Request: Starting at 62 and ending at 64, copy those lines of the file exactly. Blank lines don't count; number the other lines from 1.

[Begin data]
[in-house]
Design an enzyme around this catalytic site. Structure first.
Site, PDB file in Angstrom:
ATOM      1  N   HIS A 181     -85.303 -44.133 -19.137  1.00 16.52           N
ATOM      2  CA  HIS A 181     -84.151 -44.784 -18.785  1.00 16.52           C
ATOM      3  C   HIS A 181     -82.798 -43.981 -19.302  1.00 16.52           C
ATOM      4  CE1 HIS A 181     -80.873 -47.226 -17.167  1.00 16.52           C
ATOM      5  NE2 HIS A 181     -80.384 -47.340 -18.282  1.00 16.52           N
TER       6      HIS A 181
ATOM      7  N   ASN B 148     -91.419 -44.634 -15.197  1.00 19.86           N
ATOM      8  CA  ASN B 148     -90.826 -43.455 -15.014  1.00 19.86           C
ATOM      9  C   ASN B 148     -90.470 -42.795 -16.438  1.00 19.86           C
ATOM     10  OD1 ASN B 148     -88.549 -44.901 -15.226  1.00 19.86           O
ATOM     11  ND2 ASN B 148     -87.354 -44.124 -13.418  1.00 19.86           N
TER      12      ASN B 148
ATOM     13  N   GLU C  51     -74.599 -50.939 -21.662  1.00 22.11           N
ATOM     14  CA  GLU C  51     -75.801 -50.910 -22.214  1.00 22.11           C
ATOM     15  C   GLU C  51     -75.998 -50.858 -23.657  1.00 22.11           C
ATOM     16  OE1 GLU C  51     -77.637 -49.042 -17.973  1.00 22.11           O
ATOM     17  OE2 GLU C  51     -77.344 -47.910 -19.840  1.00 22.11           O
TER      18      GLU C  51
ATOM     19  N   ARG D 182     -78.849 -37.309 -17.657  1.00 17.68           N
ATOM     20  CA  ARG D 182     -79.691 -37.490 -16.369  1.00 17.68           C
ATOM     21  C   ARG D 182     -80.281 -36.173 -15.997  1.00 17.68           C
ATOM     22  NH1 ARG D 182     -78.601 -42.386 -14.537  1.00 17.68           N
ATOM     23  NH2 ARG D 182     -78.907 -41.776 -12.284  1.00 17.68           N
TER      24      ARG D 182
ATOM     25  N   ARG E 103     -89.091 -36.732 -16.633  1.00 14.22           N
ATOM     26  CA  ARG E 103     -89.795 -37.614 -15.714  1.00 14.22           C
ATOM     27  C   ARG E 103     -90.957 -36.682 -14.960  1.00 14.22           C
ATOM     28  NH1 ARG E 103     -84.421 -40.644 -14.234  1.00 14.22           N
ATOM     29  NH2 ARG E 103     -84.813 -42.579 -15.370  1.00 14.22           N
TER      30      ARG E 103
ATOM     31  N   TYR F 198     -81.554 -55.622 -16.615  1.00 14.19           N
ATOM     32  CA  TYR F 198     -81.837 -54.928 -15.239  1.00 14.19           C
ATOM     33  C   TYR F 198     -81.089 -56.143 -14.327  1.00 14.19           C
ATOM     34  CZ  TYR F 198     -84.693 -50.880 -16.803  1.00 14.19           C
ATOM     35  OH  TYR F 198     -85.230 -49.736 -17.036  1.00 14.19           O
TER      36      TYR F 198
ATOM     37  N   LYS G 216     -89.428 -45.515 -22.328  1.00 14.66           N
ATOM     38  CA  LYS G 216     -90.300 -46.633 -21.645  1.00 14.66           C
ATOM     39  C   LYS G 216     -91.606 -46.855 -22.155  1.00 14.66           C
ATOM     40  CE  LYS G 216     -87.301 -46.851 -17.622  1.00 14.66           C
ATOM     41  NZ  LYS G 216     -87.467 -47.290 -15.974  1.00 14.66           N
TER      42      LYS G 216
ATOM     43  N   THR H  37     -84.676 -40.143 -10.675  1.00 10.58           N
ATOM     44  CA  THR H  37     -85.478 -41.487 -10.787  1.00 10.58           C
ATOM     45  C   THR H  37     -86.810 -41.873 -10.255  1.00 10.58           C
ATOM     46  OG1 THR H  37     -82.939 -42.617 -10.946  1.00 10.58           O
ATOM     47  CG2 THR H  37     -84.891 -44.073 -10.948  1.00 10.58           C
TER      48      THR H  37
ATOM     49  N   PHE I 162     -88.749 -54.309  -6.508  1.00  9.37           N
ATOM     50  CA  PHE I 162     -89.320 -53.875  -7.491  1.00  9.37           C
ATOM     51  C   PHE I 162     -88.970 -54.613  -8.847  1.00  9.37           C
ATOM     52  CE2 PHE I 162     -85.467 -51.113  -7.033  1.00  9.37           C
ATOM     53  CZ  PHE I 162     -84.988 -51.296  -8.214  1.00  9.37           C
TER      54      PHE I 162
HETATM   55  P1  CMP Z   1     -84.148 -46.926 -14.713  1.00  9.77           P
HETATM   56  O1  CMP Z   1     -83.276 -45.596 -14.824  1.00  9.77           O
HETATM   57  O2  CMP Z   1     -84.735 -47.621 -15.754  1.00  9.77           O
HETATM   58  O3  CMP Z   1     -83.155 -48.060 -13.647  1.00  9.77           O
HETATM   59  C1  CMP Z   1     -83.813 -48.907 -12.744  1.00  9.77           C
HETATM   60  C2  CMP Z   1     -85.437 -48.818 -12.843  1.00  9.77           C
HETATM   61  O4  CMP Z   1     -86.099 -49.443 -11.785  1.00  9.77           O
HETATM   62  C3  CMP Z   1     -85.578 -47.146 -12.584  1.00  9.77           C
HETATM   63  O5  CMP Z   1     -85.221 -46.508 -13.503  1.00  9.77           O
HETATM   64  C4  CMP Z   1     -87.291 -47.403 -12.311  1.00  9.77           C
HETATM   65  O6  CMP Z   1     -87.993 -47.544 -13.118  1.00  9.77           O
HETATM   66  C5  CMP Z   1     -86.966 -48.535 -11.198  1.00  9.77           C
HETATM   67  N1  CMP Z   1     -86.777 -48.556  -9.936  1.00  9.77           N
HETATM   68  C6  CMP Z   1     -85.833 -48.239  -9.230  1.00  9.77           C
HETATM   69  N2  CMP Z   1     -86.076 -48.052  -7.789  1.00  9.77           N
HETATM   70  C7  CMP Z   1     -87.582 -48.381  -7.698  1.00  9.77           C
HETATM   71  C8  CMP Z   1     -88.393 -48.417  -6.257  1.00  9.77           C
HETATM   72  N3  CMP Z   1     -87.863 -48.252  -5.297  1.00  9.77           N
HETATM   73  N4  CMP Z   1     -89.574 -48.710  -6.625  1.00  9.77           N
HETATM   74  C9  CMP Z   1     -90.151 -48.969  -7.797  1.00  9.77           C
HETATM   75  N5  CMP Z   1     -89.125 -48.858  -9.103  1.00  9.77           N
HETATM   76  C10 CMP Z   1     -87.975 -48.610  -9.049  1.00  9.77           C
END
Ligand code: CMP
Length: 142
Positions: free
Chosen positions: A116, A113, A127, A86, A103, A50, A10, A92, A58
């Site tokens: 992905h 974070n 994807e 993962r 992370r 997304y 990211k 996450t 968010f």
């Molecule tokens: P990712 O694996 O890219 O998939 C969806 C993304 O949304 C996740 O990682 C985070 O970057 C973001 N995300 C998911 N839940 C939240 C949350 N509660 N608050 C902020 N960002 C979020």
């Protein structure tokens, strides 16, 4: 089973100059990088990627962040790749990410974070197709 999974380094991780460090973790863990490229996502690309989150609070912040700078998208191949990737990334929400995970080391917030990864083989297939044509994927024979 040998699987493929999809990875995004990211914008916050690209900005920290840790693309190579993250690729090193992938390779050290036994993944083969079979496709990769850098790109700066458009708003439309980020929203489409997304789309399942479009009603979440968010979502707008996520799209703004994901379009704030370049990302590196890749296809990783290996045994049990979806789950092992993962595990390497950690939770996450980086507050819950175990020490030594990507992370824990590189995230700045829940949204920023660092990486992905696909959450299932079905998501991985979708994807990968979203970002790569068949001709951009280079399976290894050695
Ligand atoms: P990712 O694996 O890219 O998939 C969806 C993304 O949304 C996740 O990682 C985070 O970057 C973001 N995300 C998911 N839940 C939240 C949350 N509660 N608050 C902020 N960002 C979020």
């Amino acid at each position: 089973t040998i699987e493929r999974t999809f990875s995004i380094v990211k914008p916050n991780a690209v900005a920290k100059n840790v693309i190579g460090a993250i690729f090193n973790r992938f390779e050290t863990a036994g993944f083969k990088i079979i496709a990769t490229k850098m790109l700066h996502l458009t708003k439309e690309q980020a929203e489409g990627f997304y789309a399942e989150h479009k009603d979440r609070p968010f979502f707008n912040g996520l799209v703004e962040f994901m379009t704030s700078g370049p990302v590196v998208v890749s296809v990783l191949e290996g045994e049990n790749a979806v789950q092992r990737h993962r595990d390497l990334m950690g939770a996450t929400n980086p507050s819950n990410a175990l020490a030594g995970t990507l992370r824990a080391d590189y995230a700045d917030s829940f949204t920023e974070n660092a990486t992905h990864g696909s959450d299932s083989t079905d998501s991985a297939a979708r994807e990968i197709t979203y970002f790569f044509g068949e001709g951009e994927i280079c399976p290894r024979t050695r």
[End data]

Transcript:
HETATM   59  C1  CMP Z   1     -83.813 -48.907 -12.744  1.00  9.77           C
HETATM   60  C2  CMP Z   1     -85.437 -48.818 -12.843  1.00  9.77           C
HETATM   61  O4  CMP Z   1     -86.099 -49.443 -11.785  1.00  9.77           O